I didn’t really know a lot about birds when I was young beyond what my dad taught me from our backyard feeders, but for whatever weird reason, I tried to memorize our old Audubon guide when I was little. I was never sure of my knowledge, though, without a true birding mentor. Maybe it’s a personality trait of mine, but this lack of confidence kept me from trusting my “matching” of the pictures in my guide to anything I saw outside. Nonetheless, I’d guess at identifications outdoors, silently from a car window or when out at a new place. I’d hope that this bird I’d never heard anyone else talk about was in fact what I saw in the photos. I remember seeing a painted bunting on the cover of a magazine and thinking how amazing it would be to see that bird (which brought it full circle when my 1st field job ended up focusing on nest monitoring for that species). A formative experience that sticks out to me was when I was in middle school, and a good friend and I went to a camp to learn about the Chesapeake bay watershed. I finally saw several of the birds up close that I’d gawked at in our bird book, and also had the identifications confirmed by our counselors from the Chesapeake Bay Foundation. I came home with a shiny heron-shaped pendant that I’d earned from my attention to the avi-fauna of the trip!
After my childhood interest in watching birds got put on the back-burner sometime in high school, I found myself drawn to learning about birds again as an undergrad. I was a burnt out physics major, looking for something else to revitalize me after a time of personal hardship. Before I switched my major, I took up hiking with my family’s old Audubon guide that I borrowed during some weekend trip home. I started at Mountain Lake, one of the closest spots with a lots of trails well-known around campus. The first bird I remember identifying along a hike was dark-eyed junco, again a bird I had never really “heard of” commonly talked about. So I wondered, was it unusual? Was my ID therefore wrong? Yet, it matched the picture, description and range perfectly. I descended back down the trail and found a bird list at the nature center, and was happy to find the word “junco” listed on it. I felt better about my ID. I kept the bird list with me, and later intending to join one of the guided bird walks, I showed up to a scheduled hike in the spring only to find it cancelled. Yet, with no binoculars, I noticed a flurry of small birds in a tree near where the walk was supposed to meet. I would later find a kinship with a classic ornithology paper I read once I started my M.S., because as I painstakingly sat trying to visually track the varied active birds in that flowering tree, I noticed that certain species seemed to hang out in different parts of the tree. That observation helped me focus enough to identify the birds in front of me, unperturbed by my sneaking up on them amidst their early morning foraging.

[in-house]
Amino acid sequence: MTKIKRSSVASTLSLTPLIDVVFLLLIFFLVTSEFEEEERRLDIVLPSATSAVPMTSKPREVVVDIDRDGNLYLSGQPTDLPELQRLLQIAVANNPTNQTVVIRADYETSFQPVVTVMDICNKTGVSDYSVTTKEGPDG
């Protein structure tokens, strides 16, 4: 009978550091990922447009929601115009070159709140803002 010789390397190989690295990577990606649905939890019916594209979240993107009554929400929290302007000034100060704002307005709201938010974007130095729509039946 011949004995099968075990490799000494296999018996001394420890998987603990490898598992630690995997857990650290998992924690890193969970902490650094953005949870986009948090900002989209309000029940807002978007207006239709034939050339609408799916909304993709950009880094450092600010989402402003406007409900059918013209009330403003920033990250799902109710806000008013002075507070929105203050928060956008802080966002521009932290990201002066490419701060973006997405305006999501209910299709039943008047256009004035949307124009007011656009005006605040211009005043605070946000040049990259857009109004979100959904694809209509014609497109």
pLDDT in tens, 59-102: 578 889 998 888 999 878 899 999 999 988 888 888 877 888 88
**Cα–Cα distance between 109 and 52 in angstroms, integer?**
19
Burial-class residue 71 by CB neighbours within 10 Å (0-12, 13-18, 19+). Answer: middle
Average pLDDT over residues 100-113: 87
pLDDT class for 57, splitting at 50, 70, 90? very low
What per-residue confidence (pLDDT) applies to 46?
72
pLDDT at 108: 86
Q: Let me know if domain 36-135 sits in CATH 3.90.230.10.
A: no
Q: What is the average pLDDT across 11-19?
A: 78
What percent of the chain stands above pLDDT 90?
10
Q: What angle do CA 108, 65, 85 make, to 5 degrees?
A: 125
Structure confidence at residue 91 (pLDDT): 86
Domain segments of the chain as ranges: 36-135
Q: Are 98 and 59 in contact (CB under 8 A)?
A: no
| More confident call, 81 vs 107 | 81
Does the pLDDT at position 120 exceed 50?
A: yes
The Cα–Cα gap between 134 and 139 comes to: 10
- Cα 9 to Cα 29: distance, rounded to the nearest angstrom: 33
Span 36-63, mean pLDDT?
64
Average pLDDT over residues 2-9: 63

After I switched my major into biology, I was drawn to wildlife electives. When I took ornithology, my childhood fascination with birds fully reignited, and I felt it was what I meant to pursue as a career. In a funny twist, I had to buy the Sibley Guide (still my favorite bird guide) for class, and years later during a CBC walk with my now-birding-friend Matt Hafner, it became apparent that I may have bought it from him when he worked at a local bird store in Blacksburg! Armed with the bare minimum tiny binoculars I had to buy for lab, I was hooked into birding from the first outdoor venture, and finally had the help of knowledgeable TA’s Julie Danner (née Castner) and Jonathan Moore pointing out birds in the field to feel confident in assigning species ID’s to the birds I saw. I felt I had the tools in hand now to truly start birding, and so I did. It was perhaps the first time I couldn’t wait to do my homework, which was weekly bird observations. I relished walking to a new spot, with the hopes of seeing new bird species and learning more about bird identification. Our class had a great time for the remainder of the semester, and afterward, my TA’s recommended me for my first field job, which became my M.S. thesis project. In that time, I upgraded to a still-low-end $100 pair of Nikon binoculars that lasted me throughout my M.S. degree. The rest is, as they say, “history.” To everyone who has helped me along the way, I am eternally grateful, and am happy to now be in the community of birders and bird researchers. Birding continues to be my passion, as both a hobby and a career!
When did you become interested in birds? Are you at all curious about our feathered friends right outside your window? What has been your experience interacting with birds and other wildlife? Please comment below!